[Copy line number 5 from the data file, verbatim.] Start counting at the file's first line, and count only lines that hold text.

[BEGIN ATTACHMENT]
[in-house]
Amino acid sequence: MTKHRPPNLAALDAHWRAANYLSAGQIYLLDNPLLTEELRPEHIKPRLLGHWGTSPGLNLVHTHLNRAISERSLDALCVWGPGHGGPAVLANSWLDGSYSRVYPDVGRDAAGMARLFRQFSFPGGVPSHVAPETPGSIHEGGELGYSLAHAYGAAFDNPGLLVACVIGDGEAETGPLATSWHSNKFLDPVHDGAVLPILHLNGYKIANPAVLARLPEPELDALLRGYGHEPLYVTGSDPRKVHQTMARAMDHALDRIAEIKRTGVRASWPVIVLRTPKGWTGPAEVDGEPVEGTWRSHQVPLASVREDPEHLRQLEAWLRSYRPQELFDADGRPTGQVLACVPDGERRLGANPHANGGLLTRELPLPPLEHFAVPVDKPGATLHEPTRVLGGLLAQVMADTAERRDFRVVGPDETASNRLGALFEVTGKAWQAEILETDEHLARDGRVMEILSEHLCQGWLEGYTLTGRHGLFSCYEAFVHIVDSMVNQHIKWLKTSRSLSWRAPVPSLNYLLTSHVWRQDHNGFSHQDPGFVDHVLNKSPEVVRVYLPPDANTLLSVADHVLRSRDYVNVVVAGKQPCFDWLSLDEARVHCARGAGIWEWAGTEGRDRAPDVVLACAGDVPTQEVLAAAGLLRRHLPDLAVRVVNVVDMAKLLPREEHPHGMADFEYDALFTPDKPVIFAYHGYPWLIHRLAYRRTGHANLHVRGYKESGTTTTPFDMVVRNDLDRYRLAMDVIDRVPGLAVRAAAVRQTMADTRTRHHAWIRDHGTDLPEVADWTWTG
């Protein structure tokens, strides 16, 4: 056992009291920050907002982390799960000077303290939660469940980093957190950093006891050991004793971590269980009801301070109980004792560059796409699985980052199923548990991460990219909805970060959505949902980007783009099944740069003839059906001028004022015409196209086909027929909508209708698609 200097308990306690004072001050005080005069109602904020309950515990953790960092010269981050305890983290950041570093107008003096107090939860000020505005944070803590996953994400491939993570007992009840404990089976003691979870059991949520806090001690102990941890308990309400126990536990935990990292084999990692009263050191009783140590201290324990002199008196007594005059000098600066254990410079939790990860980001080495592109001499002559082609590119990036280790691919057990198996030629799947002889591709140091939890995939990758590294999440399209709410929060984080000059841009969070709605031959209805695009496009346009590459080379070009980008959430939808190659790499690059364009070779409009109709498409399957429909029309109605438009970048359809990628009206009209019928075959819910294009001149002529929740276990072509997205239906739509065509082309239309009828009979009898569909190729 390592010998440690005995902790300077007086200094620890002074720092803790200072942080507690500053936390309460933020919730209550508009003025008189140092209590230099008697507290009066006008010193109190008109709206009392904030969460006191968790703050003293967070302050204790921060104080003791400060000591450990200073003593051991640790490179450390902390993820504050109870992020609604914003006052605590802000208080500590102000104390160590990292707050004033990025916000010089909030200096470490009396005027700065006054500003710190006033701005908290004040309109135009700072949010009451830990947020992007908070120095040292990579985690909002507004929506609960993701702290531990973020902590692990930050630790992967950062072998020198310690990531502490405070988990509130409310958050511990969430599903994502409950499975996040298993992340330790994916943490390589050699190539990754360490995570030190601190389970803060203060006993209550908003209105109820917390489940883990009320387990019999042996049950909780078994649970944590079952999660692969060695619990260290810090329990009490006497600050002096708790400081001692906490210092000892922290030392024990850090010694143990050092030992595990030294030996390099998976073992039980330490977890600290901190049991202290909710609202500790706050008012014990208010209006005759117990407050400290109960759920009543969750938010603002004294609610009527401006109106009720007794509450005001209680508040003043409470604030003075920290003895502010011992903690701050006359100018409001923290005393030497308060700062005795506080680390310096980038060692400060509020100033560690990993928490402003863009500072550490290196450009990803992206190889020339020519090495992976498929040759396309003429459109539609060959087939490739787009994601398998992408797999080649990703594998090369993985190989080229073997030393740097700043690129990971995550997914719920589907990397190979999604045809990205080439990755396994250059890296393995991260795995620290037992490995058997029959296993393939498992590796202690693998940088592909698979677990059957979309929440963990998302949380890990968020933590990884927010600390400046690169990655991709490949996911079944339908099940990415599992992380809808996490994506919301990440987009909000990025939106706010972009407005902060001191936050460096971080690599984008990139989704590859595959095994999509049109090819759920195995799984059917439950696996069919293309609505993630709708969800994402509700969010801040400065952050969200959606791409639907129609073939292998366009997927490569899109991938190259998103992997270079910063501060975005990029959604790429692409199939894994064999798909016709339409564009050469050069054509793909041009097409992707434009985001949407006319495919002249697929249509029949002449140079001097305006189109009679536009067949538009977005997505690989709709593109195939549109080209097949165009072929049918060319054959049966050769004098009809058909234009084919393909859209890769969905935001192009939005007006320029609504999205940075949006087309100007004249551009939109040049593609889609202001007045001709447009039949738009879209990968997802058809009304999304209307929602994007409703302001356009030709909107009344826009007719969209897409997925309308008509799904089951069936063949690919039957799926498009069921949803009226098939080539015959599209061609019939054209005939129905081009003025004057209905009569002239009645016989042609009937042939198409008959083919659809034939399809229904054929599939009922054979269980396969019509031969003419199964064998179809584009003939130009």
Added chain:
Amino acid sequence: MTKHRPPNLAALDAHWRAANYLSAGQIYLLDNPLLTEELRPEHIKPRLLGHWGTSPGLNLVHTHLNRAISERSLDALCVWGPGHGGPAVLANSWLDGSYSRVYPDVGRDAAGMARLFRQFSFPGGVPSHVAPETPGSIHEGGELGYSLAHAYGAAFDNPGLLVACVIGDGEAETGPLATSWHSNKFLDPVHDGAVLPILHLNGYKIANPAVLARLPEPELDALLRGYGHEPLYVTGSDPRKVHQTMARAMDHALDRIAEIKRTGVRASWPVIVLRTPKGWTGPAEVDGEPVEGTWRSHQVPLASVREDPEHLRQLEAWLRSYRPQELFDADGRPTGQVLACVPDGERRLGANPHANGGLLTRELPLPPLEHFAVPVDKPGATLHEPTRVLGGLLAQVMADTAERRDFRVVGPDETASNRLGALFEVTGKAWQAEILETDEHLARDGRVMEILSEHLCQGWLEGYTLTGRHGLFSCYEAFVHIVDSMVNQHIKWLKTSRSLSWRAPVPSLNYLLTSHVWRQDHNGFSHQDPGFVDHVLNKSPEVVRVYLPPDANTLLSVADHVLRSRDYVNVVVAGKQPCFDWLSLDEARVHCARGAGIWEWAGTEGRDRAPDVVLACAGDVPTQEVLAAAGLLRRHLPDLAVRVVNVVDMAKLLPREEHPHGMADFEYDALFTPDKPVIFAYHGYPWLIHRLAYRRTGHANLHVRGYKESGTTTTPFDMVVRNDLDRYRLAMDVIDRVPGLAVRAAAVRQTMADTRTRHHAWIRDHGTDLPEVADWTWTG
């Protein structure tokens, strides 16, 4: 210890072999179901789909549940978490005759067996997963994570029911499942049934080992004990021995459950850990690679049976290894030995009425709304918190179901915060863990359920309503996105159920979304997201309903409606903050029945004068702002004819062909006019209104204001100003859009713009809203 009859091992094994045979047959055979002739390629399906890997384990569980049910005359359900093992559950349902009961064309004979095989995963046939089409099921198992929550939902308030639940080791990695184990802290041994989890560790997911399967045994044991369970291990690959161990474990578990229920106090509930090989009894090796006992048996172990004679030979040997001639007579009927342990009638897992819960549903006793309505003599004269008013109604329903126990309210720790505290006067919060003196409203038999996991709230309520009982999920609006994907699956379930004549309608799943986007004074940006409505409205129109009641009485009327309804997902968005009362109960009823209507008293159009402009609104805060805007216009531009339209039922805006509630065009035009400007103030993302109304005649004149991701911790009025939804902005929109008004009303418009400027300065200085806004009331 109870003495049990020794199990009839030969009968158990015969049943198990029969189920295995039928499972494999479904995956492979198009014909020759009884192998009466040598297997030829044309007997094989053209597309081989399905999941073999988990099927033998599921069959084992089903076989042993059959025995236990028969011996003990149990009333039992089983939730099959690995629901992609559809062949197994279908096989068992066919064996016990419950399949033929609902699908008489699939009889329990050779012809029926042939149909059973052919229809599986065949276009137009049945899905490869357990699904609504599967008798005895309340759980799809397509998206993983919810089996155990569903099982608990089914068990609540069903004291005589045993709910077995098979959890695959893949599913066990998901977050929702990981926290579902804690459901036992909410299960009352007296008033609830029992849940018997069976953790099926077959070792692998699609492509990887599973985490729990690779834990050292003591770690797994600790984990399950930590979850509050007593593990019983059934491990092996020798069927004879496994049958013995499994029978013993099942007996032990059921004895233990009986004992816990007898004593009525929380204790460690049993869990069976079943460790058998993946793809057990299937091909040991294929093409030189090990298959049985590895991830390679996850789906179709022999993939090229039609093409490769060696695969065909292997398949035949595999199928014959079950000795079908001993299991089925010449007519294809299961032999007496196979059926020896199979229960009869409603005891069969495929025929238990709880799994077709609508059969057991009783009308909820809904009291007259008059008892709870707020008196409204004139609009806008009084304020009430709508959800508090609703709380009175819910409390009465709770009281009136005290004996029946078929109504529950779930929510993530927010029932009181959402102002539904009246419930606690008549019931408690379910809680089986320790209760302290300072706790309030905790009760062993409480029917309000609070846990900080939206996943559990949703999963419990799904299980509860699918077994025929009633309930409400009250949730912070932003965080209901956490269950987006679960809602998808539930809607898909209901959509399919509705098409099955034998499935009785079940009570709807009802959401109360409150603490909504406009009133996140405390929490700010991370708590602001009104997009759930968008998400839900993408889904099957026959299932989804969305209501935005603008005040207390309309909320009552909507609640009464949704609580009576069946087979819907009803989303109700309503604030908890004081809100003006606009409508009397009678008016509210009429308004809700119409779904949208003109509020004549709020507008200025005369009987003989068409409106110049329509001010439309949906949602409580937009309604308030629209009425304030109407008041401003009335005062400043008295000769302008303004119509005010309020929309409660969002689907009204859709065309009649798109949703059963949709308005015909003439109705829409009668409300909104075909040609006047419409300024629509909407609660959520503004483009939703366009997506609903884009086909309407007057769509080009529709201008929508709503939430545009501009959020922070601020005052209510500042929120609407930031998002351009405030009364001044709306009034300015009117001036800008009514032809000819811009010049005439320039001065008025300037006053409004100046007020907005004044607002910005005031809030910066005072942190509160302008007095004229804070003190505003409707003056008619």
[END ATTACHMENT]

Amino acid sequence: MTKHRPPNLAALDAHWRAANYLSAGQIYLLDNPLLTEELRPEHIKPRLLGHWGTSPGLNLVHTHLNRAISERSLDALCVWGPGHGGPAVLANSWLDGSYSRVYPDVGRDAAGMARLFRQFSFPGGVPSHVAPETPGSIHEGGELGYSLAHAYGAAFDNPGLLVACVIGDGEAETGPLATSWHSNKFLDPVHDGAVLPILHLNGYKIANPAVLARLPEPELDALLRGYGHEPLYVTGSDPRKVHQTMARAMDHALDRIAEIKRTGVRASWPVIVLRTPKGWTGPAEVDGEPVEGTWRSHQVPLASVREDPEHLRQLEAWLRSYRPQELFDADGRPTGQVLACVPDGERRLGANPHANGGLLTRELPLPPLEHFAVPVDKPGATLHEPTRVLGGLLAQVMADTAERRDFRVVGPDETASNRLGALFEVTGKAWQAEILETDEHLARDGRVMEILSEHLCQGWLEGYTLTGRHGLFSCYEAFVHIVDSMVNQHIKWLKTSRSLSWRAPVPSLNYLLTSHVWRQDHNGFSHQDPGFVDHVLNKSPEVVRVYLPPDANTLLSVADHVLRSRDYVNVVVAGKQPCFDWLSLDEARVHCARGAGIWEWAGTEGRDRAPDVVLACAGDVPTQEVLAAAGLLRRHLPDLAVRVVNVVDMAKLLPREEHPHGMADFEYDALFTPDKPVIFAYHGYPWLIHRLAYRRTGHANLHVRGYKESGTTTTPFDMVVRNDLDRYRLAMDVIDRVPGLAVRAAAVRQTMADTRTRHHAWIRDHGTDLPEVADWTWTG